The proposed scheme, similar to the one launched in Madhya Pradesh two years ago, would support farmers without distorting the market.
CACP chairman Vijay Paul Sharma told ET that the scheme can work well when all the major producing states participate simultaneously and the procurement window is at least for six months.
“Every state should implement this scheme simultaneously so that beneficiaries are farmers only and not traders or middlemen who buy produce from other state at lower price and get the benefit in the state where the scheme is being implemented. This will also suppress prices,” he said.
He said that government should let farmers sell their produce to traders and compensate them only when market price is less than MSP.
“This will also help government save money, especially when crop size is small and the market price rules above floor price. In that case, government doesn’t have to give any money,” he said.
He said that in order to facilitate more orderly marketing of crops and stagger market arrivals beyond the procurement season, farmers should be encouraged and incentivised to store their produce in accredited warehouses and provided loans against warehouse receipt to meet cash flow needs without having to sell their produce when market prices are typically at harvest-time lows. This arrangement will allow the farmers to delay the sale of the produce until more favourable market conditions emerge.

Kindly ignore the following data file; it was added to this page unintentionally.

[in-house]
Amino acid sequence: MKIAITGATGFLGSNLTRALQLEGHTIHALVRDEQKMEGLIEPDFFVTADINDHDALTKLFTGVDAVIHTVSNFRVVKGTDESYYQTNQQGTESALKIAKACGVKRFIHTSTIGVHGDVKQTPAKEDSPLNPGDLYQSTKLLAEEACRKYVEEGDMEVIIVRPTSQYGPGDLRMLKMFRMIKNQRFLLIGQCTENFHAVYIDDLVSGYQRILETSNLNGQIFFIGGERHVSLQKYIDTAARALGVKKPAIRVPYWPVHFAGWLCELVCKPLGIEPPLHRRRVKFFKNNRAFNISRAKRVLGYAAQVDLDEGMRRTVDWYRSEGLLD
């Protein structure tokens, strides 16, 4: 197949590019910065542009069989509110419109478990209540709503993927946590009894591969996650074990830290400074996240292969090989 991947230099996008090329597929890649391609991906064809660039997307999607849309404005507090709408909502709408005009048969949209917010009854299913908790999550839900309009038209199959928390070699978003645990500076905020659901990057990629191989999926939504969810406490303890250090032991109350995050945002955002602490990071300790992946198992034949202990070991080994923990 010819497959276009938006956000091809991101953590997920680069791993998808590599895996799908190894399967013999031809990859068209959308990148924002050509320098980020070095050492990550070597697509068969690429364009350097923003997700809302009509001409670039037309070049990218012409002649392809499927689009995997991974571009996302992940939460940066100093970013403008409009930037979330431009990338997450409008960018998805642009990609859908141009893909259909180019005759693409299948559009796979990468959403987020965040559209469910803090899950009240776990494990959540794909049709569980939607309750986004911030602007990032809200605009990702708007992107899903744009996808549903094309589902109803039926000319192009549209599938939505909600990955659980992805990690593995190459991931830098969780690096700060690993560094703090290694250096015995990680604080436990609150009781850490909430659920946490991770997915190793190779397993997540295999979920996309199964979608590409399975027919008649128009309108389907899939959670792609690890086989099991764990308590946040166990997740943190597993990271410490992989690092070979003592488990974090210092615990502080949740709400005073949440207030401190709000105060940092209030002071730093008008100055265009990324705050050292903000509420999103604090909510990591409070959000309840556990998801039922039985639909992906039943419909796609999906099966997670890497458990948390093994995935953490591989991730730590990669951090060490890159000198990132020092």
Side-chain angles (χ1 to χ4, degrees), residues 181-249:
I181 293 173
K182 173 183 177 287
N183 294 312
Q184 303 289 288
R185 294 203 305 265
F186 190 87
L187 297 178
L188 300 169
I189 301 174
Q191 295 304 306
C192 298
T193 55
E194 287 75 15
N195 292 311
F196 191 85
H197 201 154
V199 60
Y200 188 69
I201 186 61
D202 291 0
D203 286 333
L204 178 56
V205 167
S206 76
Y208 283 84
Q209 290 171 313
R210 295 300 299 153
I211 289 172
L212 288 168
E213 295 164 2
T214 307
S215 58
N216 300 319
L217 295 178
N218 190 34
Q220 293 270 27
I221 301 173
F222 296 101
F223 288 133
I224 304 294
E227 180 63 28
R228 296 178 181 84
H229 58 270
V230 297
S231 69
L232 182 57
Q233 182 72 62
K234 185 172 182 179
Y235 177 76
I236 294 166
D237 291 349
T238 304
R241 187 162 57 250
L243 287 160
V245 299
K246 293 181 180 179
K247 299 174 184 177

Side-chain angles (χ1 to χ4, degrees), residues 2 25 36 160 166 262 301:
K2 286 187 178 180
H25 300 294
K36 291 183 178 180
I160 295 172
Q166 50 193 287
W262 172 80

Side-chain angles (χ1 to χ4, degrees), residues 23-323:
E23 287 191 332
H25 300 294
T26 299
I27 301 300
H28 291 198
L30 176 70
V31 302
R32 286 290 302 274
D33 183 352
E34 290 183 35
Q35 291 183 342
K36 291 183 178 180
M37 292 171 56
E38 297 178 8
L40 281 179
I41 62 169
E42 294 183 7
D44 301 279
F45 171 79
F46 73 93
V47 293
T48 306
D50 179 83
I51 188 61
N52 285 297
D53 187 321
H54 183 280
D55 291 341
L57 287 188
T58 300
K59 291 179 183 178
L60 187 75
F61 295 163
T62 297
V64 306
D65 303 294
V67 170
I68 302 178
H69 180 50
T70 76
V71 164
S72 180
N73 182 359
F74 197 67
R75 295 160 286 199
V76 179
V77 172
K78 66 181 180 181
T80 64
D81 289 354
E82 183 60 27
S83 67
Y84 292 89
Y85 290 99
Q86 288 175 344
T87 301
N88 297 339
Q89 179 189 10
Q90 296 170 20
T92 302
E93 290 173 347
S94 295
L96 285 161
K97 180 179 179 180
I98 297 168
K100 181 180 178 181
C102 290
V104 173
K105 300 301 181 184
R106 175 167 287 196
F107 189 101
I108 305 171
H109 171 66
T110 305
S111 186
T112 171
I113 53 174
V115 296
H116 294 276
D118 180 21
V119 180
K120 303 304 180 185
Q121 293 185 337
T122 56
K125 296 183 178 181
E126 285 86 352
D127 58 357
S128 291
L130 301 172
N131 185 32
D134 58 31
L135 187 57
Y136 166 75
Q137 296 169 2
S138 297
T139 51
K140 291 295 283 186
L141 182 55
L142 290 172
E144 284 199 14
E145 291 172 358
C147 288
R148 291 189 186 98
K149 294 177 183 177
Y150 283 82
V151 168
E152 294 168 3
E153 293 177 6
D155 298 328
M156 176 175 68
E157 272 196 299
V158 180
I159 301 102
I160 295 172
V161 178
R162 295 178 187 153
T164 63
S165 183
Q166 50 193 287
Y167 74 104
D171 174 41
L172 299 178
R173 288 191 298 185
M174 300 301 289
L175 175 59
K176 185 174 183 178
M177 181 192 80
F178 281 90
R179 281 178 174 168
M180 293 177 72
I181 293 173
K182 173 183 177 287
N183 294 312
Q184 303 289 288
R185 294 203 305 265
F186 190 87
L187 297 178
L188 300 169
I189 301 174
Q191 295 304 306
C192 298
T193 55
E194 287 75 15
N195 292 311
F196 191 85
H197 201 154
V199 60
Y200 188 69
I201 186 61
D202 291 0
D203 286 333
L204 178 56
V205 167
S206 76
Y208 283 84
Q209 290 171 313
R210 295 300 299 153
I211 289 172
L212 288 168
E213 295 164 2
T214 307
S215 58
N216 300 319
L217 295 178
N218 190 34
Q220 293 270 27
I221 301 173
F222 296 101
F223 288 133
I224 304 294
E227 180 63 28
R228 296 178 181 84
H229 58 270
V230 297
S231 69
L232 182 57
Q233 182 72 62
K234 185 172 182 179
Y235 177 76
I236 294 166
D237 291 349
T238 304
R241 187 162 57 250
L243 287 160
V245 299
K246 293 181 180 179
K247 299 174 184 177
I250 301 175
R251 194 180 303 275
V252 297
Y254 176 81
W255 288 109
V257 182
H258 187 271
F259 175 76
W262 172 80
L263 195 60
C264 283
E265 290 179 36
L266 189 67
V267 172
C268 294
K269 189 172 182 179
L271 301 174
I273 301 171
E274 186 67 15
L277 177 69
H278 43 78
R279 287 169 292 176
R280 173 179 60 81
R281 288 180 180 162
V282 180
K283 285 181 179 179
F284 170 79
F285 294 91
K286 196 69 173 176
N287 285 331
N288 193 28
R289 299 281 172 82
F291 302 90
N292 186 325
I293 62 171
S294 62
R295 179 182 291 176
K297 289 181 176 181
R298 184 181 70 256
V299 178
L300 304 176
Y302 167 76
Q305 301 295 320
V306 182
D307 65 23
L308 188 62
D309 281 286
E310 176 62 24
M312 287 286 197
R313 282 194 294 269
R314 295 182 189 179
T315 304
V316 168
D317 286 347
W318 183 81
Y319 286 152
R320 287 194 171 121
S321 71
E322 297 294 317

“In fact, such farmers should be entitled to receive the benefit of PDPS, if market prices in later months are below MSP. In case market prices are higher than MSP, the producers can choose to sell in the open market and take advantage of high prices,” he said.
The government already has PDPS scheme of PM-AASHA under which direct payment of the difference between the MSP and the selling price is made to pre-registered farmers selling their produce in the notified market yard through a transparent auction process. The scheme does not involve any physical procurement of crops.
A similar scheme Bhavantar Bhugtan Yojana was launched on pilot basis by the Madhya Pradesh government in kharif 2017 season but failed to succeed due to several shortcomings. One of the criticisms of the Bhavantar Bhugtan Yojana was that cartelisation between farmers and traders led to distortions in the market and prices were artificially depressed.